• Andrew uses one of the following: protractor, adjustable set square, scale ruler or a compass
  • Paul Hollywood takes enormous pleasure in viciously stabbing a contestant's intricate, lovingly created bake as the judging commences
  • The camera focuses on a bank of kitchen timers that resemble the New York Stock Exchange
  • Mary Berry dons yet another fashionable floral jacket
  • Candice chews her bottom lip nervously as the judging takes place and yet her MAGIC LIPSTICK NEVER COMES OFF ON HER TEETH
  • When asked who they feel might win, all previous contestant's carefully name a different finalist as the BBC is all about fairness 
  • Mel and Sue are just as awesome as usual (you might get rather drunk/full with this one)

Enjoy!

Thursday, 6 October 2016

The Art of Bread Baking: Sourdough Secrets at E5 Bakehouse



The other month, I went along to the E5 Bakehouse, an East London artisan bakery and cafe, to learn pretty much everything there is possibly to know about sourdough bread. 

On an exceptionally wet and soggy day, manhandling my oversized umbrella and mounting excitement onto a packed commuter tube, I traveled across the city to London Fields, where, tucked away under the railway arches, is the bake house. On arrival, the scent of roasting coffee and warm, freshly baked bread tickled our senses; I immediately understood why there are often long queues on a Saturday of patient locals waiting to pick up a loaf of the specialty Hackney Wick.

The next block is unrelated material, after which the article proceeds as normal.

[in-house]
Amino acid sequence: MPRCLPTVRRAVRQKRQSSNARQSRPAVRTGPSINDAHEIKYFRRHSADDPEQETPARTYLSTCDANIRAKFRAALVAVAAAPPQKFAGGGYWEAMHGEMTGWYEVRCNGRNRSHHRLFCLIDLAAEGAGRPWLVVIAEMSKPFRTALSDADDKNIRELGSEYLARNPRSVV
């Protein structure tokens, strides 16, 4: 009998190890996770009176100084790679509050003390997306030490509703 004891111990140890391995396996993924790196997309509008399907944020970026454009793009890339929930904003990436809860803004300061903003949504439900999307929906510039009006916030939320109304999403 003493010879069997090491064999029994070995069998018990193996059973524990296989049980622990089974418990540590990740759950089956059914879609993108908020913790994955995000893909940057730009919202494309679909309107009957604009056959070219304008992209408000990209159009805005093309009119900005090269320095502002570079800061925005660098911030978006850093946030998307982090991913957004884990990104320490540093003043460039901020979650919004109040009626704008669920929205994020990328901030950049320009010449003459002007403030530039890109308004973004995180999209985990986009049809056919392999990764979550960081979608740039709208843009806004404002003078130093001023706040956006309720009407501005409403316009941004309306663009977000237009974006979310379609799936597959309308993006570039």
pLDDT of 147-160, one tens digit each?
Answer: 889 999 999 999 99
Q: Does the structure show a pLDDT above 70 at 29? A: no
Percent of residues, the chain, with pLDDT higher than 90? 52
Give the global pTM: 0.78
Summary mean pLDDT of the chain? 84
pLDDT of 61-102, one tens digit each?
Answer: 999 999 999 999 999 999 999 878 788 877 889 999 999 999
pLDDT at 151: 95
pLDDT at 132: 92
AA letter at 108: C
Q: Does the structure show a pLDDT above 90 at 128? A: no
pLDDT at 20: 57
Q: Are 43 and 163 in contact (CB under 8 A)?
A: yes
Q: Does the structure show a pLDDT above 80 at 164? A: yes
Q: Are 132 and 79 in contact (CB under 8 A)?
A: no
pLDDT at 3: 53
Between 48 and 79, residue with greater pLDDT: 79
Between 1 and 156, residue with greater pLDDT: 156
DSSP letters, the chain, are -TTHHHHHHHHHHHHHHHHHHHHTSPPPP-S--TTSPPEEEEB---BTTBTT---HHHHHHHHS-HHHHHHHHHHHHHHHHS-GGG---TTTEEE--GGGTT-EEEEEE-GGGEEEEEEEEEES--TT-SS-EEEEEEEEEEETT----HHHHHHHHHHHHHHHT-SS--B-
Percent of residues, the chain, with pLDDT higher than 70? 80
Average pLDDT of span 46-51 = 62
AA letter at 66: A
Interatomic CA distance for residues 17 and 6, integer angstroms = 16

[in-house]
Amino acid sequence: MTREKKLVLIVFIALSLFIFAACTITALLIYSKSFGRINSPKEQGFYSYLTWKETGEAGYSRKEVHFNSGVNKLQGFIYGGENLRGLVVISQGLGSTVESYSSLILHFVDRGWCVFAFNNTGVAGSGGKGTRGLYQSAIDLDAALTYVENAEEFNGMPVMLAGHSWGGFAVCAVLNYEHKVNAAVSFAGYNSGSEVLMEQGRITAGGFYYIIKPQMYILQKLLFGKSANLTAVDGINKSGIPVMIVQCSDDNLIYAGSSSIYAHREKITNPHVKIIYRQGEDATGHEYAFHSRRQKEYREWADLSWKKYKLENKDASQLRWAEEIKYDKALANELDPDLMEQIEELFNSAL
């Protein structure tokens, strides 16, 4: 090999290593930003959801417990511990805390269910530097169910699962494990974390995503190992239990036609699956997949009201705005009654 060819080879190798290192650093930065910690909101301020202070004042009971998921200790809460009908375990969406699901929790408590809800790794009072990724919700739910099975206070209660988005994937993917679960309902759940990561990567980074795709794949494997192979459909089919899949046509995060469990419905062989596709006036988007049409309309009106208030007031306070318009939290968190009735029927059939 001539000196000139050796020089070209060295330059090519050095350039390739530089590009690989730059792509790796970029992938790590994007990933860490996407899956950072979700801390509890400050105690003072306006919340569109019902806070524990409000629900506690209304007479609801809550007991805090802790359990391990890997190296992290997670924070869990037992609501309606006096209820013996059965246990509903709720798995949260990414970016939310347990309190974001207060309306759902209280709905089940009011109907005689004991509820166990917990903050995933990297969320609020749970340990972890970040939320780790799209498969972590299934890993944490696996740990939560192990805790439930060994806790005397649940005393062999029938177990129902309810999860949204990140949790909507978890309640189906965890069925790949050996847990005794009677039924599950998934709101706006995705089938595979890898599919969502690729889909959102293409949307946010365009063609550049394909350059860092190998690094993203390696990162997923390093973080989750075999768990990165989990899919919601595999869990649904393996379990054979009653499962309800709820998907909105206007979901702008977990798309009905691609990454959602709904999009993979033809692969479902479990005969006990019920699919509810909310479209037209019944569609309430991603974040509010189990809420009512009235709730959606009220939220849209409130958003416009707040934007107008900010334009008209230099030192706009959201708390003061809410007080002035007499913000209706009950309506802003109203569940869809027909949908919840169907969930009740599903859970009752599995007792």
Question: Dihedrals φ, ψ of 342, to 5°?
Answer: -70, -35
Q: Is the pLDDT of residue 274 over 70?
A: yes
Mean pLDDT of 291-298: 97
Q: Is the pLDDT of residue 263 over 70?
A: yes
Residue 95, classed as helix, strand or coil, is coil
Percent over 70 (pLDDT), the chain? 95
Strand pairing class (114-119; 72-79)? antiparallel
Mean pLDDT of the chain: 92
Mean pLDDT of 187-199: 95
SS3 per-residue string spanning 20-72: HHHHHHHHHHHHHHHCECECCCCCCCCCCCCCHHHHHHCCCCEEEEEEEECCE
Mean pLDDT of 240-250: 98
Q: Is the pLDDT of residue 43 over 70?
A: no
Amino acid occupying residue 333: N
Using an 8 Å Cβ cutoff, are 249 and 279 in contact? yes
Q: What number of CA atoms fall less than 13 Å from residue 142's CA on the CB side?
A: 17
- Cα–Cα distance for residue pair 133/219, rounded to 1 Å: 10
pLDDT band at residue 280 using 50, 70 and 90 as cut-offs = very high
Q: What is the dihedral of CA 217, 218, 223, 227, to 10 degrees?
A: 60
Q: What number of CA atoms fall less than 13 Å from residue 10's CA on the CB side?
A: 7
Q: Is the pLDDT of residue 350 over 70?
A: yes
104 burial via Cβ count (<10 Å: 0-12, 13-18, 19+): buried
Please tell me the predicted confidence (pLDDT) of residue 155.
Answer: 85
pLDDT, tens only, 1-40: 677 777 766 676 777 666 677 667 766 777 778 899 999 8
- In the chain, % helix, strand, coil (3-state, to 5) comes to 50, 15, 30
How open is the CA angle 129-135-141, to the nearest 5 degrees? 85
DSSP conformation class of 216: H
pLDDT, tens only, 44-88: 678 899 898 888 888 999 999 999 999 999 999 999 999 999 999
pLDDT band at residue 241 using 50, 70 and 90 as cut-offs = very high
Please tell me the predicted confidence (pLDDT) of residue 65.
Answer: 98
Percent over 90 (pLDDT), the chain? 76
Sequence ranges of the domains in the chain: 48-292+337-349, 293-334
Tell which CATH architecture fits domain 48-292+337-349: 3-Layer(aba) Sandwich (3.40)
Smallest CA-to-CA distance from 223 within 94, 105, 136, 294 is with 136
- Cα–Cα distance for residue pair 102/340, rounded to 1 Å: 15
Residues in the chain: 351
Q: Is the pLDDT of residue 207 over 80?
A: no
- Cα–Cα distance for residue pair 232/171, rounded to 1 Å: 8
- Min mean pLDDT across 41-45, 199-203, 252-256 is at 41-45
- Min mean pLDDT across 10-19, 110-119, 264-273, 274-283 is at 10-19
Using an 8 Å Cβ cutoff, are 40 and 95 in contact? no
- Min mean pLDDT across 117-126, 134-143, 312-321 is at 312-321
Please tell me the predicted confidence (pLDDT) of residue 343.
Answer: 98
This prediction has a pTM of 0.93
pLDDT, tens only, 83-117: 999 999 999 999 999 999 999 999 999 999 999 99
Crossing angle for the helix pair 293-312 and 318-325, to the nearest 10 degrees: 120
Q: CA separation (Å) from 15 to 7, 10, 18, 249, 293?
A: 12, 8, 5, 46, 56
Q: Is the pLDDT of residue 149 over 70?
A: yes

Together with my nine classmates we learnt the secrets to successful sourdough. Here are just a few tips I gleaned along the way:

  • Although it may seem a very complicated, intimidating way of producing a nice loaf, Sourdough is pretty straightforward. But it is not to be rushed; it can take up to three days from putting together the leaven* to making your lunchtime sandwich